The visionary work of Giorgio de Chirico (1888-1978) had an enormous impact on the course of twentieth-century art. His unsettling ‘Metaphysical’ imagery – with its illogical perspectives, looming mannequins and bizarre juxtapositions of objects – anticipated Surrealism’s fascination with the irrational and the workings of the subconscious by many years. Even before the First World War, de Chirico had declared: ‘To be really immortal a work of art must go beyond the limits of the human: good sense and logic will be missing from it. In this way it will come close to the dream state, and also to the mentality of children.’

Although best known as a painter, de Chirico was fascinated by sculpture throughout his career, believing it to possess a mysterious spectral quality. Statues set in deserted city squares were a key element of his iconography from 1909 onward, and toward the end of the 1930s the artist began to experiment with sculpture, creating terracotta versions of the enigmatic figures that had long populated his paintings. In these works, which reflect de Chirico’s enduring fascination with classical subjects, characters from mythology such as Hector and Andromache take on the forms of tailors’ dummies or intricately constructed automatons. During the 1960s he produced bronze versions of such works, and subsequently began to create multiples, often with highly-polished gold or silver finishes. The exhibition focused on these late pieces in particular and also included a number of drawings and paintings on related themes. Such was the success of his work in this field that in 1972 de Chirico was awarded the prestigious Ibico Reggino Prize for Sculpture, alongside Henry Moore.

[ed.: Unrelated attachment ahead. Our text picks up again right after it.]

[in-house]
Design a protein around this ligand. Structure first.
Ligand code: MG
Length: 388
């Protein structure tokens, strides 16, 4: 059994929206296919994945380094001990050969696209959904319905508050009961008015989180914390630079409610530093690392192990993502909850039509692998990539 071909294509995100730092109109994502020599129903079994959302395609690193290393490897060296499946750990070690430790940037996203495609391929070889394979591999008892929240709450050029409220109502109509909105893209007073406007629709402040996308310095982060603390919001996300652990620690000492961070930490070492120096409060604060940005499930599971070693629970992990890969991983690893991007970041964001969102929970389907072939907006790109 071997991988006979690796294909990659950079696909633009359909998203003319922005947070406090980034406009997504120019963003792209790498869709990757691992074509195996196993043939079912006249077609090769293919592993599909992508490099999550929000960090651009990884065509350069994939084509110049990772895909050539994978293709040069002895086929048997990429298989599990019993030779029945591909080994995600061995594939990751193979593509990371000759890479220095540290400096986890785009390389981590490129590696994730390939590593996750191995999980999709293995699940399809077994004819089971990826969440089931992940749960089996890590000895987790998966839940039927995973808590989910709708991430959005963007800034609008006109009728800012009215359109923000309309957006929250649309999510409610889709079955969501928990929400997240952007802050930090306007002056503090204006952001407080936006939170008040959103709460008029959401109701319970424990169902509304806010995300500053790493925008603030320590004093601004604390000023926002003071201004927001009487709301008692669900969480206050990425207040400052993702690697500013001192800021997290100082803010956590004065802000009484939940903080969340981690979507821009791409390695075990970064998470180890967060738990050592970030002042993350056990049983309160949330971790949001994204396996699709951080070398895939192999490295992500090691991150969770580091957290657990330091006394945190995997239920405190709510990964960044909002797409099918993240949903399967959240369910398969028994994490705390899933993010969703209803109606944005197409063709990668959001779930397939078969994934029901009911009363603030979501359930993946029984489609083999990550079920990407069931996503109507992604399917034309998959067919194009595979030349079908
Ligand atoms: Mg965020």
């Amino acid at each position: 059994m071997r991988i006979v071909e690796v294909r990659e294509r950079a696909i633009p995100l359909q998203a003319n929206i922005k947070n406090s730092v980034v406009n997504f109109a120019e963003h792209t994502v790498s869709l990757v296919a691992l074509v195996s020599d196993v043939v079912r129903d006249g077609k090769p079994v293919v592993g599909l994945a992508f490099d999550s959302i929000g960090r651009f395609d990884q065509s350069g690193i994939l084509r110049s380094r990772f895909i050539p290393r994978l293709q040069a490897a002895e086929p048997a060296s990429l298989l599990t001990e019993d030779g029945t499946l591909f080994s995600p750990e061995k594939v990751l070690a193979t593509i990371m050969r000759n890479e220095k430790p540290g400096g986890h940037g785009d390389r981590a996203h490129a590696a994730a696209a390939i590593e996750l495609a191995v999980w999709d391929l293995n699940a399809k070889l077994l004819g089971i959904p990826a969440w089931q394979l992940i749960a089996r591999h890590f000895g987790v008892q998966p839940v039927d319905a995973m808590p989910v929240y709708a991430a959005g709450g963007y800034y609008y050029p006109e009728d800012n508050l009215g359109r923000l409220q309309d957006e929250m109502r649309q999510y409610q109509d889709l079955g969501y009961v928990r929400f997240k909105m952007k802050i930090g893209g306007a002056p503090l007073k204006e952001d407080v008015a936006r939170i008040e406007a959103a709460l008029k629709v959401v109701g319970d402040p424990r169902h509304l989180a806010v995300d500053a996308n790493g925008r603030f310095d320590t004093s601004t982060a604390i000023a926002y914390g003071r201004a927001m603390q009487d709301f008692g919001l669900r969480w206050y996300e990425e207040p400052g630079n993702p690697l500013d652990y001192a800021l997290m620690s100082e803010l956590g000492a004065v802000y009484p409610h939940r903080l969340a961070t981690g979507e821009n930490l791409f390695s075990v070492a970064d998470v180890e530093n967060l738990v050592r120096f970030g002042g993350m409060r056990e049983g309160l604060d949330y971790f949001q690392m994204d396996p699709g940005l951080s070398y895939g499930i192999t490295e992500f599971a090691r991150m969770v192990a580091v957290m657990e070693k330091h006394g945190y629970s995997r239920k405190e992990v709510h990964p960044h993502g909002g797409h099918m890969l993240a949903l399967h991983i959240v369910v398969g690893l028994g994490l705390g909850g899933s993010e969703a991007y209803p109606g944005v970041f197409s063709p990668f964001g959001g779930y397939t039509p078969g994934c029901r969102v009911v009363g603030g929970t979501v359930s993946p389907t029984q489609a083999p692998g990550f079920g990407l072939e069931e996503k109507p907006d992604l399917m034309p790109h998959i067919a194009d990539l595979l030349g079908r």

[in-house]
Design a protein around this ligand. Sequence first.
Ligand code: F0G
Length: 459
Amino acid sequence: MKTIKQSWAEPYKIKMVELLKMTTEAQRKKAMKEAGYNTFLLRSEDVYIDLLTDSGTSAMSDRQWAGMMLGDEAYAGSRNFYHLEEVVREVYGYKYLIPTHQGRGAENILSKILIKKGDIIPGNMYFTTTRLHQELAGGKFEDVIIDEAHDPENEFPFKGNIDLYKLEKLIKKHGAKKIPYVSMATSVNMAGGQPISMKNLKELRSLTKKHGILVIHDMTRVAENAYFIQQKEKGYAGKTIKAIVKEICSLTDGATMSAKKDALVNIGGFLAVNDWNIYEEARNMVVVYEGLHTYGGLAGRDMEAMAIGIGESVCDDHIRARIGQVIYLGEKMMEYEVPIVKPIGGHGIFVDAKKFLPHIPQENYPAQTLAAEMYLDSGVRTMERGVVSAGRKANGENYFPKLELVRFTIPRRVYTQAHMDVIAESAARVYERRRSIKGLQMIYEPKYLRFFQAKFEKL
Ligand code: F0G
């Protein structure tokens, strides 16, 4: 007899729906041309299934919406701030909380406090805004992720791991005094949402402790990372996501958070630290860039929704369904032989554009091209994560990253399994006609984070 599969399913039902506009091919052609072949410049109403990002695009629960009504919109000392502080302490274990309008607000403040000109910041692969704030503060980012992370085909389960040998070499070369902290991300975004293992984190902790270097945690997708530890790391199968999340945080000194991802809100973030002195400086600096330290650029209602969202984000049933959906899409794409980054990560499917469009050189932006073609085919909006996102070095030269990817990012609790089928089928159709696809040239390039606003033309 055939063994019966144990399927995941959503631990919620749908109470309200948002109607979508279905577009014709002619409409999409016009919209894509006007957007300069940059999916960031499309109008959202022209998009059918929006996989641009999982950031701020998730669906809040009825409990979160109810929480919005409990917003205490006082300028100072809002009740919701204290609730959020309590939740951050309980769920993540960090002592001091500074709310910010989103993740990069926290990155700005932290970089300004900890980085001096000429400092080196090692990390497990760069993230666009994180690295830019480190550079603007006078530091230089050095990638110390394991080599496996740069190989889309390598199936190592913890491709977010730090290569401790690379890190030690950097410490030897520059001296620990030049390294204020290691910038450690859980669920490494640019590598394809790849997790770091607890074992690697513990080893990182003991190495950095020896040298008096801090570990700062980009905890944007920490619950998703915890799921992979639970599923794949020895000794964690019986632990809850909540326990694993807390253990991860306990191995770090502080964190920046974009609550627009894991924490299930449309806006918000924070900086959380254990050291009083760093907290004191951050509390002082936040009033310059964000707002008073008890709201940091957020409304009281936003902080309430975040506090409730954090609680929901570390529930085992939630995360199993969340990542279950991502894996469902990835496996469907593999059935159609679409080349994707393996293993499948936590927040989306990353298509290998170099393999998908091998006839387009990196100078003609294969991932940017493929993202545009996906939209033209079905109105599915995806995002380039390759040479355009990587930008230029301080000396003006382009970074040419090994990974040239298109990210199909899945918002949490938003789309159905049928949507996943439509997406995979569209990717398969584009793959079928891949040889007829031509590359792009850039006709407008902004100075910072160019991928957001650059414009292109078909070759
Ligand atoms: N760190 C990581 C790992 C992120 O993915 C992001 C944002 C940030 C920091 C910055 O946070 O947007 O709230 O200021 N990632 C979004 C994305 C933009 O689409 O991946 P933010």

Organised in collaboration with Galleria d’Arte Maggiore – Bologna (Italy), Myth and Mystery illuminated an aspect of de Chirico’s career that will be unfamiliar to many, vividly evoking that sense of magic and surprise which the artist associated with sculpture, and reaffirming his position as one of the most important and consistently imaginative figures of modern Italian art.

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Marcello Mastroianni and Jeanne Moreau on the set of La Notte by Michelangelo Antonioni, 1960 © Sergio Strizzi Photography

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Pasquarosa, Vase of Flowers, c. 1916

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